ATLANTA (AP) – If the basketball icon LeBron James gets what he wants, NBA arenas and other sports venues across the country will be mega polling places for the November general election.
James and his voting rights group, formed this spring with other black athletes and artists, are joining other professional basketball leaders and Michigan's top electoral authority to push for mega voting sites to accommodate voting in person amid the COVID-19 pandemic.
More than a vote, James's organization dedicated to maximizing black participation in November shared its plans with the Associated Press on Wednesday after the Detroit Pistons became the second NBA franchise to announce plans to use its arena to vote later this year. In Georgia, Fulton County election officials this week approved the Atlanta Hawks' proposal to use the State Farm Arena as a polling place. The plans call for the arena to serve all voters in Fulton County during early voting and on election day, November 3.
The idea, which comes after Kentucky used large facilities in the June 23 primary, is to use large spaces that allow for personal voting, while still imposing social detachment guidelines. It also emphasizes attention to the mechanics of voting in the midst of the pandemic, with the intensity already reflected in President Donald Trump and challenger Democrat Joe Biden, warning that state and local officials have the power to "corrupt" the election.
Michigan Secretary of State Jocelyn Benson called her "partnership" with the Pistons "a plan for other teams and leagues that seek to advance our common goal of protecting access to voting for all".
Lloyd Pierce, coach of the Atlanta Hawks, said the deal in his city guarantees "high participation" in a safe environment. Benson, Pierce and David Fizdale, a former New York Knicks coach, will advise NBA franchises and arena management entities across the country on how to replicate existing deals.
The Milwaukee Bucks also confirmed that it is willing to use its local arena as a polling place in the most populous city on Wisconsin's main battlefield.
The coordinated impulse is a turning point, in a way, in the often partisan dispute over voting procedures.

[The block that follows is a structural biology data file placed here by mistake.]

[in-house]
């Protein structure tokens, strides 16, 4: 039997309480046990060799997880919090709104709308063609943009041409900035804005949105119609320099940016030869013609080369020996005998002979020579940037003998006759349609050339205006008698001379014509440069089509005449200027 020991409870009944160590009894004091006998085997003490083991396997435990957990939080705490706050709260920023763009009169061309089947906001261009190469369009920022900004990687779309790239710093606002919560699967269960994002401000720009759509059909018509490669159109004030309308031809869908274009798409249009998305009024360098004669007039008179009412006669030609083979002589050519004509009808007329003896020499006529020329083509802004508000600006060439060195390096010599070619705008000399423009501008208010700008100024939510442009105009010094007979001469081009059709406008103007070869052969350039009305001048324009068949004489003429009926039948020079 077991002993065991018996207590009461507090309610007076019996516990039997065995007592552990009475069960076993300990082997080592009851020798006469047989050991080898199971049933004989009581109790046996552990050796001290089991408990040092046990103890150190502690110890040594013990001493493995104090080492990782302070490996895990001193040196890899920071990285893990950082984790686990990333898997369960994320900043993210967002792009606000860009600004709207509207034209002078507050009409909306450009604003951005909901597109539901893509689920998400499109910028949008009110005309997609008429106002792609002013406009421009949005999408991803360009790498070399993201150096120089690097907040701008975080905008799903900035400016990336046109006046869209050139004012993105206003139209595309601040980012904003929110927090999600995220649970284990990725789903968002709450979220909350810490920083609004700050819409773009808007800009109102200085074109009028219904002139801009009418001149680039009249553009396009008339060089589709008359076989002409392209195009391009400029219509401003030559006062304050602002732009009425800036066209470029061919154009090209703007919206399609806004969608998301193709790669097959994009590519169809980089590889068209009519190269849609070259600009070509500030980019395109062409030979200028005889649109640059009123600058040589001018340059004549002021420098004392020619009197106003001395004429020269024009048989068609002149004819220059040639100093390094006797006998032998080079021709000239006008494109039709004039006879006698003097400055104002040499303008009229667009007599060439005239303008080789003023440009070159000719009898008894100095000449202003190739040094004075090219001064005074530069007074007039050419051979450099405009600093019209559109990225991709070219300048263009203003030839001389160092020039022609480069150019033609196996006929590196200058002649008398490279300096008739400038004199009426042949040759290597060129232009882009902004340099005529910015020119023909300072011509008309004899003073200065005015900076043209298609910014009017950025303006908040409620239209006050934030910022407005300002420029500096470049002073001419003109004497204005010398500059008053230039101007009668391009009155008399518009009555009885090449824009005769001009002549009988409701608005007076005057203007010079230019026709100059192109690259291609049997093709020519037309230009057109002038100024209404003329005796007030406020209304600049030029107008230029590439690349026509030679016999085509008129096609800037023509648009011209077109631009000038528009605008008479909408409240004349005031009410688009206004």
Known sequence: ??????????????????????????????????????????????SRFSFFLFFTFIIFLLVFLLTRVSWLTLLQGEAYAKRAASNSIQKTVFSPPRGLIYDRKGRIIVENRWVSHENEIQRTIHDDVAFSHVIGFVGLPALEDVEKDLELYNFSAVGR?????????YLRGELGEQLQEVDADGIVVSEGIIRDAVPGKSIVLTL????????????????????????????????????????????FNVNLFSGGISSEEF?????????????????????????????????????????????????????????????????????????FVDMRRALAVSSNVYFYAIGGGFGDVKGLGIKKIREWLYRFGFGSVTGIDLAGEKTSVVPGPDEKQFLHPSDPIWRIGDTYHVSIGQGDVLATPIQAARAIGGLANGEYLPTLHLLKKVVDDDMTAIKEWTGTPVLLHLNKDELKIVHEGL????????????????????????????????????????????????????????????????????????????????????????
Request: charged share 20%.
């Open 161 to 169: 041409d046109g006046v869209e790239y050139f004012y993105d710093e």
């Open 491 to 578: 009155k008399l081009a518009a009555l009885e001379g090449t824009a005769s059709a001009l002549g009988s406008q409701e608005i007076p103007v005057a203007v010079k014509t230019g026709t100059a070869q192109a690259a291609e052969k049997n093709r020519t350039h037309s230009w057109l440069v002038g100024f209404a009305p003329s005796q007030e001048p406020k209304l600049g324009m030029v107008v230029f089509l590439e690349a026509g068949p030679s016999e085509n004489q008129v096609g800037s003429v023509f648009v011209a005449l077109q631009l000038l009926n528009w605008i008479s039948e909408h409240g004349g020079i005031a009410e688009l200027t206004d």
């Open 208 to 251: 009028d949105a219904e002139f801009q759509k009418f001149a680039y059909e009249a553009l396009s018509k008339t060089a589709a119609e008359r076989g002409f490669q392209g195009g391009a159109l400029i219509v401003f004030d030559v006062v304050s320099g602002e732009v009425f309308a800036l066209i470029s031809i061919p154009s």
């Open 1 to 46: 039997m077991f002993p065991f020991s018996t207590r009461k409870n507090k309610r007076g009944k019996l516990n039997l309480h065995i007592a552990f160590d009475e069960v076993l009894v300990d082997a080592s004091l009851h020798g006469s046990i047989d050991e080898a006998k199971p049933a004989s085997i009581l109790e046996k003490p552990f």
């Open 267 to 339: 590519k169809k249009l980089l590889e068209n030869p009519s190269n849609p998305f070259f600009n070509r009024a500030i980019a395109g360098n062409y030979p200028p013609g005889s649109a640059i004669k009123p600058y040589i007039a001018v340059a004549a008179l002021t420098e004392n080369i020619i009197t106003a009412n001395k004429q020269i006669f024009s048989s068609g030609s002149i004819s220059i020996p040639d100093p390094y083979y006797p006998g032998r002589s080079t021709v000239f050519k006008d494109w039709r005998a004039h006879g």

Some Democrats criticized Kentucky election officials for personally limiting voting in the June primaries in the two most populous counties in the state to the Louisville Exhibition Center and the University of Kentucky football stadium in Lexington. Voting rights advocates argued in a federal court that the plan, part of slamming voting sites across the state amid concerns about coronavirus, would harm minority voters.
A federal judge rejected his claims and the vote continued without the confusion that some lawyers had predicted.
Now Benson, a Democrat, is adopting the arena model not as an example of potential repression against voters, but as a way to fight it. "One of our biggest challenges to protecting voters' access to democracy in November is to identify accessible places where citizens can vote safely in person," she said.
In the midst of COVID, this could overcome the potential logistical difficulties of major sites. The queues at these locations can still be long – as in normal polling places – as seen in Lexington at some points on the main day. Voters may also experience traffic jams or hiccups due to the number of people involved. General elections also have considerably more participation than primary elections.
However, there is a growing bipartisan drive for voting in large spaces. NFL executive Scott Pioli last week presented the National Association of Secretaries of State with a plan for the widespread use of professional and university sports facilities.
James's group is officially non-partisan. But the NBA star was open about his emphasis on the black community, where Trump faces intense opposition for his white identity policy. James did not support Biden, but supported Hillary Clinton over Trump in 2016.
Meanwhile, in Milwaukee, the owners of the Bucks, the Lasry family, are major donors to the Democratic Party. Bucks executive Alex Lasry helped lead the effort that brought the Democratic National Convention to the city.
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